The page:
3. "The 2014 Commonwealth Chess Championships"
4. A selection of large-size photos from the Glasgow event, with brief explanatory text ... to give a flavour of our very own "friendly" Chess Games.

Were are the photos coming from?
"How sad to see, what used to be, a model of decorum and tranquility become like any other sport, a battleground for rival ideologies to slug it out with glee"
See link: <!-- m --><a class="postlink" href=""> ... ool+Museum</a><!-- m -->

I note that there's even a "Horrible Heidie (headmaster) Tour",31 August, at 1pm, at the museum that anyone who comes along that day (including participants in the 'master-class') can take part in.

Do come along! Will all be great fun!

And great PR for chess ... thanks Andy - photos great! Thanks to many other, too ... full list to follow in due course.
Just to add that visiting chess youngsters with / without parents should not be put off by the use of the term 'master class'.

The event will be run completely openly and informally. It might perhaps best be regarded as an open chess surgery for young chess players with an IM (and others on hand) who will be happy to discuss Qs of any sort from anyone and play against them.

The more the merrier ... a training opportunity aimed especially at the younger player ... in an outstanding setting!

Treat it as a chance to have a good family day out, visiting a great museum with a participative chess opportunity. The museum bills the time of the 'master class' as 2-4pm on both days. But note that the museum closes an hour later and we'll be setting up the chessboards, say from about 1.30pm.

If you have friends with chess-interested youngsters (any age / strength), do tell them about it. When the museum stages this sort of thing (and this one's free), its main aim is fun and maximum inter-activity.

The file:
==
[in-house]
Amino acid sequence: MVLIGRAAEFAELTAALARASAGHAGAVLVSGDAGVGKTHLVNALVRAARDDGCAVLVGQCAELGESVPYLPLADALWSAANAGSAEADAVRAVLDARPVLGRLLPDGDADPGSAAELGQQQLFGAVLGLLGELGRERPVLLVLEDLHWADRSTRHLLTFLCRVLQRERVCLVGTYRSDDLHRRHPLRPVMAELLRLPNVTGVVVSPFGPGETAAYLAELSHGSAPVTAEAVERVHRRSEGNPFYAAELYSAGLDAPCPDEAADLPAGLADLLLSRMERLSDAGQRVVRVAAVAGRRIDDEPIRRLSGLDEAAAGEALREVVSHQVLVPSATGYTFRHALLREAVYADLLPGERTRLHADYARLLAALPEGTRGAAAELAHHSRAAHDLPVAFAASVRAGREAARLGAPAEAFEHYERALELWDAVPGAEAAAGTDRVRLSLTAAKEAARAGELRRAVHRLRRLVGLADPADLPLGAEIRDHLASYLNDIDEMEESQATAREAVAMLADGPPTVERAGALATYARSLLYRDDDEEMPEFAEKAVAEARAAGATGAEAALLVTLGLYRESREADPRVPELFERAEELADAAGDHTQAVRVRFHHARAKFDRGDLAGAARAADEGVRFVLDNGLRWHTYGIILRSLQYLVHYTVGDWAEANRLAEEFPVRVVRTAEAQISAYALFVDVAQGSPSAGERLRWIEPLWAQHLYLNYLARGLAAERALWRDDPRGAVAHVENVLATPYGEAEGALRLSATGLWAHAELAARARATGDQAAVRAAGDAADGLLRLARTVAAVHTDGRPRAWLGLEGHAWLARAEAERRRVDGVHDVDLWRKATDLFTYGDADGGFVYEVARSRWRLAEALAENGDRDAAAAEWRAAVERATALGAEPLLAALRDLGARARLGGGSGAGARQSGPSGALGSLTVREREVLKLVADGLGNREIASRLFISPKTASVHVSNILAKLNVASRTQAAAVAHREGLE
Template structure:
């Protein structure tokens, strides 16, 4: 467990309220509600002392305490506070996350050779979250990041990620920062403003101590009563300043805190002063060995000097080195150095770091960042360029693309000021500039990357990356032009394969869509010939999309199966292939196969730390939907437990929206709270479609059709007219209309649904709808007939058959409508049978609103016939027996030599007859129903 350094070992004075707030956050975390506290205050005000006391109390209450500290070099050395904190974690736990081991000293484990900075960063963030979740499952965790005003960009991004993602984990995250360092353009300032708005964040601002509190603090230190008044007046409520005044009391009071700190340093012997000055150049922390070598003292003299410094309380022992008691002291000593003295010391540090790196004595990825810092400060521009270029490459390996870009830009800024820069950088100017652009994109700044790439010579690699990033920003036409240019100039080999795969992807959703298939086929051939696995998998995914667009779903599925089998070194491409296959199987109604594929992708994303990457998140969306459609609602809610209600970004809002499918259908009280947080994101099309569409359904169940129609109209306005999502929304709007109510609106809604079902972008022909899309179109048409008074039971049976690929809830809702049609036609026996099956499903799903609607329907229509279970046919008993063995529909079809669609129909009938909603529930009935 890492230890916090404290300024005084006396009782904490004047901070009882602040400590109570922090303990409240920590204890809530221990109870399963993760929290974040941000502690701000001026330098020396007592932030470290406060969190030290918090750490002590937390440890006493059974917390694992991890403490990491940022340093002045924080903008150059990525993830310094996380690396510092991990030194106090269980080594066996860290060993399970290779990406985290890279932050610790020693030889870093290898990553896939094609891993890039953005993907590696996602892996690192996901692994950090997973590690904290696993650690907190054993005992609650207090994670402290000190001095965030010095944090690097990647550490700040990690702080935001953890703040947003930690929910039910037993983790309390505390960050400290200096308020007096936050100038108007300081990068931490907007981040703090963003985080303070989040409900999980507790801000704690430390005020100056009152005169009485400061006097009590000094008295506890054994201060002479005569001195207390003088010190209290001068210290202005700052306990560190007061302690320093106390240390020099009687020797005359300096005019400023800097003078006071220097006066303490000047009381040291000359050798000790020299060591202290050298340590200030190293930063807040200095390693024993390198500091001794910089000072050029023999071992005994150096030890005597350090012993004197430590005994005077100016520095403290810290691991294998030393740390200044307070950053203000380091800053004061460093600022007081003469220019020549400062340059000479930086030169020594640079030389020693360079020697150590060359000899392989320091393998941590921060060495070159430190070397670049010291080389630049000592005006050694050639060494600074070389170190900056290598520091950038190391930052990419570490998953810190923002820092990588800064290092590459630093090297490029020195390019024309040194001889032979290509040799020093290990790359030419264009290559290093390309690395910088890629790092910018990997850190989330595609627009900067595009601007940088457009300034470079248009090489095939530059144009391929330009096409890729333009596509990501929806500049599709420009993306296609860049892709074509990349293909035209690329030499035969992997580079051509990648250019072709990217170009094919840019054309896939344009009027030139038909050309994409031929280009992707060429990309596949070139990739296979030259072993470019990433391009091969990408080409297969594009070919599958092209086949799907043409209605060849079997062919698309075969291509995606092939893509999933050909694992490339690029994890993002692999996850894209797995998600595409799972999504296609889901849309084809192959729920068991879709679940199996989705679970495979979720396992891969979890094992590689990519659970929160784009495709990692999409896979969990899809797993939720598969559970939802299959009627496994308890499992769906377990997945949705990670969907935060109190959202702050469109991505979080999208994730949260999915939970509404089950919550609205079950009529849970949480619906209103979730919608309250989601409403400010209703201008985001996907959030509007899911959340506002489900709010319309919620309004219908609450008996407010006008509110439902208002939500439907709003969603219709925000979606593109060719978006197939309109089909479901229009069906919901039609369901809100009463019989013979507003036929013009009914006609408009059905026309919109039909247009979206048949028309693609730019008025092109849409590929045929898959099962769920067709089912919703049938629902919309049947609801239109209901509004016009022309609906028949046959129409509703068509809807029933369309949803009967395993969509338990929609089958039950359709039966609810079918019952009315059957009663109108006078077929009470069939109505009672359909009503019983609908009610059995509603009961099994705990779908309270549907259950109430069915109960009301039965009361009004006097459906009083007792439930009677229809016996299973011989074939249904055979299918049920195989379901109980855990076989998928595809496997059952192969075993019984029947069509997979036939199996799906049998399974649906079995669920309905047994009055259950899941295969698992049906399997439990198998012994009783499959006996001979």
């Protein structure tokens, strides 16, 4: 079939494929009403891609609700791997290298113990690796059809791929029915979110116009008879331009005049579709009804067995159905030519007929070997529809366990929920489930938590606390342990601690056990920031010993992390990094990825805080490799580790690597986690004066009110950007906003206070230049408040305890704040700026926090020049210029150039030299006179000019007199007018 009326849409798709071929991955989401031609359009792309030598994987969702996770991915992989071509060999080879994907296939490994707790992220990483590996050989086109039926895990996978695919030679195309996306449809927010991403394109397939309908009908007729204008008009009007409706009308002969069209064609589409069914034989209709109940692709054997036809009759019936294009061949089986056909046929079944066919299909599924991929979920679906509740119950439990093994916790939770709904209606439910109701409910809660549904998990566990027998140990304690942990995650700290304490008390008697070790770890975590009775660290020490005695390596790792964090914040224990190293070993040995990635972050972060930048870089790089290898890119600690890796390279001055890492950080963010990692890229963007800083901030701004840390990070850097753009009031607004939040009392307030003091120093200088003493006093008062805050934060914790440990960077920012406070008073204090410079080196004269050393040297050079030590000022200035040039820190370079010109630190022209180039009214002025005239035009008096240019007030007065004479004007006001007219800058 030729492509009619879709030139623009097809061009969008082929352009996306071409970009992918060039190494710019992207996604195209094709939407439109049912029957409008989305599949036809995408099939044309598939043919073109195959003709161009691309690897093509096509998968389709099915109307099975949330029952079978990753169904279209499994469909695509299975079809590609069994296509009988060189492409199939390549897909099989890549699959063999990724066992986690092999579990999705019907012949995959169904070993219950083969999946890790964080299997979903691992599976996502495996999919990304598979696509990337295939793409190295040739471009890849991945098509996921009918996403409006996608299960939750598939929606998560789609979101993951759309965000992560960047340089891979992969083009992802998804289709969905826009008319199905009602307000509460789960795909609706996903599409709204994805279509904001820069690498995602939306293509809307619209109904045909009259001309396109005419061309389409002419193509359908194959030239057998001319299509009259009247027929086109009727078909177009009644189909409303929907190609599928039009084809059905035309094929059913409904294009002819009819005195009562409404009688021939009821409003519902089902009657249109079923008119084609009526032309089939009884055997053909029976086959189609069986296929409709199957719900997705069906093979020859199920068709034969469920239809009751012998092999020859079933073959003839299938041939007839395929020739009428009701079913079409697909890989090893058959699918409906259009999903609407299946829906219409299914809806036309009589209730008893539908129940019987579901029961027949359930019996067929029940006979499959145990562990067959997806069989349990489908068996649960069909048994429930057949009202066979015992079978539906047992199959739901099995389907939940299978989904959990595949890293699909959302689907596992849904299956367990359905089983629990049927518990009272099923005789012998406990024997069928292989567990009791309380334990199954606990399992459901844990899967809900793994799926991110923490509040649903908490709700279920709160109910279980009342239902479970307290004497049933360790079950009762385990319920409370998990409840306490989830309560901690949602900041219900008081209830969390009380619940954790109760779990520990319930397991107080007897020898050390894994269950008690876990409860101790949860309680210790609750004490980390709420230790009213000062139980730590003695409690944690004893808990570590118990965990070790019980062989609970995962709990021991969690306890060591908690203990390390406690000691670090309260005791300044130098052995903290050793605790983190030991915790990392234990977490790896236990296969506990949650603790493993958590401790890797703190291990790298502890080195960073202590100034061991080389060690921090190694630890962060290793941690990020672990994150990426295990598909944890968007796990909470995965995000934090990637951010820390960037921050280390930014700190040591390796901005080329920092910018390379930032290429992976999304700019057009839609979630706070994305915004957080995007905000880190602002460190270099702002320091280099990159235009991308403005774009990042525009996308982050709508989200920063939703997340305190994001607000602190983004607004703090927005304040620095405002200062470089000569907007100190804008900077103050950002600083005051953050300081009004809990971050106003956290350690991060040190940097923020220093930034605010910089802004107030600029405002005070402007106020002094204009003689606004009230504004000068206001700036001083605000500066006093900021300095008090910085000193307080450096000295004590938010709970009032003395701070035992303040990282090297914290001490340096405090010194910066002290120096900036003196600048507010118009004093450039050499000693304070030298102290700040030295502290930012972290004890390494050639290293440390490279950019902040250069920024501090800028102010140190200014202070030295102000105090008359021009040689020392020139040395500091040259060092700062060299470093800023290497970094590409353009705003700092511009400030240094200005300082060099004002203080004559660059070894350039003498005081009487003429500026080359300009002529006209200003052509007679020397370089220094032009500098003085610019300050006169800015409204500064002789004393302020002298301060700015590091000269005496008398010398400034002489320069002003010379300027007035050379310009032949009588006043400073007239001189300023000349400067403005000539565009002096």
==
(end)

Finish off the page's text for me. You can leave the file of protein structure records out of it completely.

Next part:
The chess 'master-class' + 2014 Commonwealth Chess Championship Celebrate exhibition went off well. It was particularly busy on the Saturday afternoon, when in addition to many invited youngsters turning up to chat, play, learn a few tricks on the board, there were also quite a few interested members of the public.

Thanks go to the children and the many adults who helped in various ways both on the weekend and before it. Calum Macqueen's dad, Andrew, was an especial stalwart on both days (and before). Hamish Glen, David Congalton, Walter Buchanan, Dick Heathwood, Peter Jamieson, Gerald Bonner, Chris Perkin all lent a valuable hand pushing wood at times on the eight available chessboards ... apologies if I've omitted anyone ... many thanks also to the various parents, helpers (and others who got in touch with them)!

Alex MacFarlane now has the exhibits that hung on the wall (text + photos) and will be exhibiting them at forthcoming congresses. The museum were pleased that we attracted such activity! All of this meets one of the major requirements of the Celebrate Lottery Grant of £10K awarded to CS as part of its commitment to run the 2014 Commonwealth Chess Championships in Glasgow and celebrate the event widely.

A big tick for credibility and the ability to deliver against plan by CS ... to an important charitable giver.

Well done to all ... and a real team effort!
Smashing effort, well done!
Sounds like a good event - Would have went but it clashed with Viking congress.